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On the job, out of the kitchen

Notes from Hibbing, Minnesota: The Quest for Porketta

Carolynn unearths some history on this glorious, fennel-laced, regional pork roast.


This is part 1 of 2 of Carolynn’s trek to Hibbing.

Minnesota in January?

I had been assigned a story on Iron Range Porketta for Cook’s Country, and Hibbing, Minn., was the place to try some. It was only after I started planning the trip and was booking my hotel that the woman on the other end of the phone said, “Be sure to dress warm. It is very cold here in January. VERY COLD.” I looked at the weather report. Turns out the average temperature in Hibbing in January is negative 4 to 18 degrees. Egads.

I had imagined that Iron Range Porketta was similar to porchetta, a traditional Italian dish. In Italy, it is a whole pig that is deboned, stuffed with herbs, and then slow-roasted until it falls apart. I’d had similar (but smaller-scale versions) that were a skin-on pork shoulder, or even a pork loin with the pork belly and skin attached (I got this at Porchetta in New York City—amazing). And while it is certainly similar, porketta definitely has its own identity.

As I began looking into what makes Iron Range Porketta distinct (besides the spelling), I reached out to several sources and learned a great deal about the people of this area. I began at the University of Wisconsin with a historian named Ruth Olson. She put me in touch with the author of The Minnesota Ethnic Food Book, Anne Kaplan. It had been about 20 years since she had been to the Iron Range, but she was able to fill me in a bit on the history of the area and the origins of many of the foods.

In the late 1800s to early 1900s, immigrants from all over the world moved to the locale in huge numbers, working the iron mines in Minnesota, Wisconsin, and North Dakota. Sheer numbers of Germans, Swedish, Norwegians, Canadians, Italians, Danish, English, Irish, Finnish, Austrians, and Russians moved in and learned to adapt their recipes to the ingredients found in the area. Several recipes that have stuck in the area are porketta, potica, and pasties (a meat pie, sort of like beef stew in a pastry crust, shown below).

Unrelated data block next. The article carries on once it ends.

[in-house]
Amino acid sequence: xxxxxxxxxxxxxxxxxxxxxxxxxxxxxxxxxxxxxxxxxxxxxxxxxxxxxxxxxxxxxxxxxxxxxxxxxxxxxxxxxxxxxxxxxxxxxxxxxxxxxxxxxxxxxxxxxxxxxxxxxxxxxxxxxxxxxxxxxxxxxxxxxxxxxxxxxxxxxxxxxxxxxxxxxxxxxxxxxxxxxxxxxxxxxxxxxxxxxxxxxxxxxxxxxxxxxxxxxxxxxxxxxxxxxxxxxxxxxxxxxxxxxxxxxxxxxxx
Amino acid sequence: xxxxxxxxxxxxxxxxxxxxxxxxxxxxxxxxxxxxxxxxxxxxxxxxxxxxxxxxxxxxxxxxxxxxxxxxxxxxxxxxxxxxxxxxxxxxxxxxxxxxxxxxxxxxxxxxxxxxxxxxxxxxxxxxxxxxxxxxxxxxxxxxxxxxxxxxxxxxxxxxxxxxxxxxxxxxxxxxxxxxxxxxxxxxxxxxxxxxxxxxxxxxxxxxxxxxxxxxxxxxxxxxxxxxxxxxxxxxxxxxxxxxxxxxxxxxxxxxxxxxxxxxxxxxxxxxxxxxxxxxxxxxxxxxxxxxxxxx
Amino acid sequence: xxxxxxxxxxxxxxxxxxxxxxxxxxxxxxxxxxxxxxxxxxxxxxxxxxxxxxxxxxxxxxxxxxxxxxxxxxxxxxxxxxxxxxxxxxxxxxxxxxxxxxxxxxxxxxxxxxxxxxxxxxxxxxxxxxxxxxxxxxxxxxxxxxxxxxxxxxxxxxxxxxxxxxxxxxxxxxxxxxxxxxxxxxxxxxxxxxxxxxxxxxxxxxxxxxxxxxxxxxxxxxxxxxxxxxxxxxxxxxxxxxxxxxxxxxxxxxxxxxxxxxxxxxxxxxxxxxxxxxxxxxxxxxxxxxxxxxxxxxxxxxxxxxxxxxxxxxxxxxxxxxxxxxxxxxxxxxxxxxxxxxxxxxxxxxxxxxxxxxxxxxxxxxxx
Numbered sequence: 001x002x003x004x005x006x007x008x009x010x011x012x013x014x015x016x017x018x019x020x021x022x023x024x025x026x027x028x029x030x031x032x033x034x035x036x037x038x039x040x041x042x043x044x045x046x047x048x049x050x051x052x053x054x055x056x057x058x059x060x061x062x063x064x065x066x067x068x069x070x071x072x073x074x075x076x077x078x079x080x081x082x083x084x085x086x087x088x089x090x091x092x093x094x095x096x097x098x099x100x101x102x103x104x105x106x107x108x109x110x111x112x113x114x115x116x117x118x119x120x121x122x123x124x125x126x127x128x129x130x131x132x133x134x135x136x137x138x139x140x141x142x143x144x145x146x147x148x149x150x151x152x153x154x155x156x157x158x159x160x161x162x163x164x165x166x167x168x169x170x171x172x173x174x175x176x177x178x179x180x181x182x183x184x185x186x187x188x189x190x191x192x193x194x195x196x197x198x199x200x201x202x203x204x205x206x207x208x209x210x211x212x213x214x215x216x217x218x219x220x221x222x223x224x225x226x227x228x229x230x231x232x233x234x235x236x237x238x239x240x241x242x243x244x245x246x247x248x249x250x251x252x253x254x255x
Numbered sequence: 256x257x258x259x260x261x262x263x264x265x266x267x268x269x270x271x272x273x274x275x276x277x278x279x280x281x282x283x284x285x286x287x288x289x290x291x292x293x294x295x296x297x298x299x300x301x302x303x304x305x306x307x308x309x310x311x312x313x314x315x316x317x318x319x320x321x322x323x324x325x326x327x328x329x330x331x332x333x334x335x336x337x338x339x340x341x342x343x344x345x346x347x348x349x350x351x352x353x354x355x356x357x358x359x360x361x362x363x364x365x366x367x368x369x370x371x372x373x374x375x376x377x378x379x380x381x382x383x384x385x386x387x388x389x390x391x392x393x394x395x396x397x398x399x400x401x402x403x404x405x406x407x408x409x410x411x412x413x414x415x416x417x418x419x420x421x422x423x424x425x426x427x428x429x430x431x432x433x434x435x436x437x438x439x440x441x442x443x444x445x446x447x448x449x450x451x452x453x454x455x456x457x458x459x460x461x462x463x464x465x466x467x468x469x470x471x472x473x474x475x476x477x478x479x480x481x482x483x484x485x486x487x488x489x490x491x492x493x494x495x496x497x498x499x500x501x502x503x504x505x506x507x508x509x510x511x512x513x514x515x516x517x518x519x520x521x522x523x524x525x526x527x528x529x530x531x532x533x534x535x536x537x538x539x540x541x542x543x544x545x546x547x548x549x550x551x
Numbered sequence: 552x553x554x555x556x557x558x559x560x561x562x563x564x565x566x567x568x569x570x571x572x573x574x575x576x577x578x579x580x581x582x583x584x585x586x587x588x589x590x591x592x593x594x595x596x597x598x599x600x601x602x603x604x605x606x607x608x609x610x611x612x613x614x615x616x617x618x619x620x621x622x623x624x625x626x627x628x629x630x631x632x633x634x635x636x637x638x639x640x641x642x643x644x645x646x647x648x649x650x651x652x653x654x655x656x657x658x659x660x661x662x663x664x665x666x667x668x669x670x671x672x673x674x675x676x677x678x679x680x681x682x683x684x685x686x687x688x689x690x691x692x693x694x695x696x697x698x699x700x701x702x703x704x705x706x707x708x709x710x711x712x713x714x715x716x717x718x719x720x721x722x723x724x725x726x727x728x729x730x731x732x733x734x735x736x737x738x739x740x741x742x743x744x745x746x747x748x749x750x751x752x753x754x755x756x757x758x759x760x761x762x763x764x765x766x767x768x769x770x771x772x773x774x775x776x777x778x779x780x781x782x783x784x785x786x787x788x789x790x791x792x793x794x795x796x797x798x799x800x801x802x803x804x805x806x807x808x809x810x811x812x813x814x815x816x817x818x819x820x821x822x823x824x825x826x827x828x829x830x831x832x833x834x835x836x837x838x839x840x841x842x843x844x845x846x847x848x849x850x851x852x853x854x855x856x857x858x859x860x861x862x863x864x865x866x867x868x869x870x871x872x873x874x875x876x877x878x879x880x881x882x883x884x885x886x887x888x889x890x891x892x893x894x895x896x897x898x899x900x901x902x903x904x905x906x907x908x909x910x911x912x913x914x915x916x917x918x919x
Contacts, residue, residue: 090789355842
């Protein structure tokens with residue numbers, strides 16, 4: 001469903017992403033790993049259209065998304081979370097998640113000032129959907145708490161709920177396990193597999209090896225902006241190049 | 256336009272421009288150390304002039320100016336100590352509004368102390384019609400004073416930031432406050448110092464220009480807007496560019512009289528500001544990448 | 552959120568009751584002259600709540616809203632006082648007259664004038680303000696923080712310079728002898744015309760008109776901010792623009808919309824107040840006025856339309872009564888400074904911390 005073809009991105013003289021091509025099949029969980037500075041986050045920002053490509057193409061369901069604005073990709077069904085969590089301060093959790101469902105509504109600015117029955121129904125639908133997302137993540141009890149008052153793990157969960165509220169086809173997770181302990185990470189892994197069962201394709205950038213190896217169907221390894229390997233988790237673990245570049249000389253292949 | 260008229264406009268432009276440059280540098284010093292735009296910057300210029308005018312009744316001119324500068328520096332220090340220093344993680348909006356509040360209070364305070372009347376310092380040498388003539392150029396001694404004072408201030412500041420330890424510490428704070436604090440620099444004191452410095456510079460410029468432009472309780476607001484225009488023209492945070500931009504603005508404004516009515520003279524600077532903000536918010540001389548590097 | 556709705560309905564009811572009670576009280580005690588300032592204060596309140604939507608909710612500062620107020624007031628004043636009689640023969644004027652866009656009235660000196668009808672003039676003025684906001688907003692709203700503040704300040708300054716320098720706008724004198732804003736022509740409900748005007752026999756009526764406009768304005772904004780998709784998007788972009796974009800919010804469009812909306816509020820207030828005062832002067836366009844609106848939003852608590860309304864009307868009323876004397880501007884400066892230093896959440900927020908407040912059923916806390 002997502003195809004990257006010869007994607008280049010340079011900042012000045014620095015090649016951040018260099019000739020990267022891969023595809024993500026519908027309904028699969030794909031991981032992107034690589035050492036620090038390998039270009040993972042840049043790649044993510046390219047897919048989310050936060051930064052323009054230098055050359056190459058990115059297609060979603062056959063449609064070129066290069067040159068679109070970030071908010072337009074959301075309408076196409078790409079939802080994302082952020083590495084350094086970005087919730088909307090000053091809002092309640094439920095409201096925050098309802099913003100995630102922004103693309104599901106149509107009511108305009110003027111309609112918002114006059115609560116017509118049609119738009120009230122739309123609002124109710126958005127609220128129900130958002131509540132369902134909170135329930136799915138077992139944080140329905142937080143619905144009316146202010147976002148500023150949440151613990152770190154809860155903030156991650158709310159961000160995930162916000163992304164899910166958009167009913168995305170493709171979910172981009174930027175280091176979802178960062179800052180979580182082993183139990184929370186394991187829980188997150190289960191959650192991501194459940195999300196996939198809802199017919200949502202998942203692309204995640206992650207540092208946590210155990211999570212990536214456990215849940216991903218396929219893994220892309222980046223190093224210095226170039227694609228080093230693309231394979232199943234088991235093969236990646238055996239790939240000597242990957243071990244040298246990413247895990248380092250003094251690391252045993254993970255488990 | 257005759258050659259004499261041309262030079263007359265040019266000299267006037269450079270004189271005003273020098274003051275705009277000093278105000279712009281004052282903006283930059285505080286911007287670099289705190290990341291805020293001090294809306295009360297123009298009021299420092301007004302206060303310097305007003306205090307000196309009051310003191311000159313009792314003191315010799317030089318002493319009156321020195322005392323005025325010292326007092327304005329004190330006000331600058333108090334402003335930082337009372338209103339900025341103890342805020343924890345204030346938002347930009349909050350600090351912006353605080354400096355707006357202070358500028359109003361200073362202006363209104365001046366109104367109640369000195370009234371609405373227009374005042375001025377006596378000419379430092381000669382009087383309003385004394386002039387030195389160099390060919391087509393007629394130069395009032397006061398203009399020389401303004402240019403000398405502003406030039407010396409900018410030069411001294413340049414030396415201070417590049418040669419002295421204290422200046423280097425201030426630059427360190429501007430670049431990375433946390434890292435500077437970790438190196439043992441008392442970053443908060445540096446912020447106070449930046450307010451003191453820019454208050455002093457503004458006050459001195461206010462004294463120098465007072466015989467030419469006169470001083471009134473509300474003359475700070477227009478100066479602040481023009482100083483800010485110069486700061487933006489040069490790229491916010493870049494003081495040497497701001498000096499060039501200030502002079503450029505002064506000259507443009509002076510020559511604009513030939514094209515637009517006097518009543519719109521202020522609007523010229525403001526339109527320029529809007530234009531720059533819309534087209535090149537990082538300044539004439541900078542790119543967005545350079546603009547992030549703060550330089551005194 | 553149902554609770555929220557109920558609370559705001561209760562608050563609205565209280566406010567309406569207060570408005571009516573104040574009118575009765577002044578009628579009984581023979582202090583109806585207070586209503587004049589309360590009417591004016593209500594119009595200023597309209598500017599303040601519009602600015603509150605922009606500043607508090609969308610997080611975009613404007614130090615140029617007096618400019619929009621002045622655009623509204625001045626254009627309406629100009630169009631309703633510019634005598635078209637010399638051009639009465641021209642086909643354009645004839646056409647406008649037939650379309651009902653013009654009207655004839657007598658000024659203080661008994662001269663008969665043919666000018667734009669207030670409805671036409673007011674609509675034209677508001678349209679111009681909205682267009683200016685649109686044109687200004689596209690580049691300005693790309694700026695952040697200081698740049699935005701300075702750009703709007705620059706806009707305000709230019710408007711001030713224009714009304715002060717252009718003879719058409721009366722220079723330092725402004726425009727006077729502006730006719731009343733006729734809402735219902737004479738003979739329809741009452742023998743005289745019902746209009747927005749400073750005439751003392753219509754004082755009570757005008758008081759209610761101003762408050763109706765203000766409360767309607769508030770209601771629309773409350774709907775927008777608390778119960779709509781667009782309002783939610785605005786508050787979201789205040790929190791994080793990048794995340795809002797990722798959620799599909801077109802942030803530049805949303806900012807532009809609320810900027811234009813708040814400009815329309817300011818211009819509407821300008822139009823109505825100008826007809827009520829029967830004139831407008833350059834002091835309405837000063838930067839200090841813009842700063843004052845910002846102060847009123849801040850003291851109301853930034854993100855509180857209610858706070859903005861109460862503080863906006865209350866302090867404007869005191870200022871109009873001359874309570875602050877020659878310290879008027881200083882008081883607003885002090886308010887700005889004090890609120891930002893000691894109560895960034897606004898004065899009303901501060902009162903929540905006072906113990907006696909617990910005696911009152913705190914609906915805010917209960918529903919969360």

I scoured online chat boards and contacted as many locals as I could find, trying to get recommendations and contacts for my time in Hibbing. I’m certainly not the first person to be interested in the food of Minnesota. In fact, there is a great book by James Norton entitled Minnesota Lunch that explores food—specifically, lunch food—in Minnesota. A friend of a fellow test cook was able to put me in touch with James Norton. He graciously shared his research and confirmed what others had already told me: When it comes to porketta, the must-visit spots are Fraboni’s, Zimmy’s, and Cobb Cook. He put me in contact with the owner of Fraboni’s, who proved to be one of the best resources I found.

Somehow, despite the cold temperature, I convinced my husband to accompany me. He would act as a photographer and, as he used to live in North Dakota, a bit of an interpreter for this rather distrustful and private New Englander. (Me.) We flew into Duluth, grabbed a car, and headed to Hibbing. They were experiencing a bit of a heat wave: The temperature was in the 30s.

After checking into our adorable accommodations at The Mitchell Tappan House, we drove around town to get our bearings, and then parked the car and walked over to the public library. The librarians pointed us in the direction of the local cookbooks section. We tracked down some recipes and a little history on the area.

The librarians also strongly recommended we visit the Minnesota Discovery Center in nearby Chisholm. More on that later.

Hibbing is known for many things, including being the childhood home of musician Bob Dylan ( Robert Zimmerman). After leaving the library, we headed to a local Bob Dylan-themed restaurant, Zimmy’s, for some dinner. It was one of the places we had been told had a great porketta sandwich.

We sat at the bar and struck up a conversation with Patrick, who turned out to be the manager. When he heard we had never dined there before, he immediately said, “You’ll have to try the porketta sandwich. It is what we are known for.” Perfect. We ordered the sandwich and shortly thereafter were served a roll with a heaping portion of fine and thick shredded pork.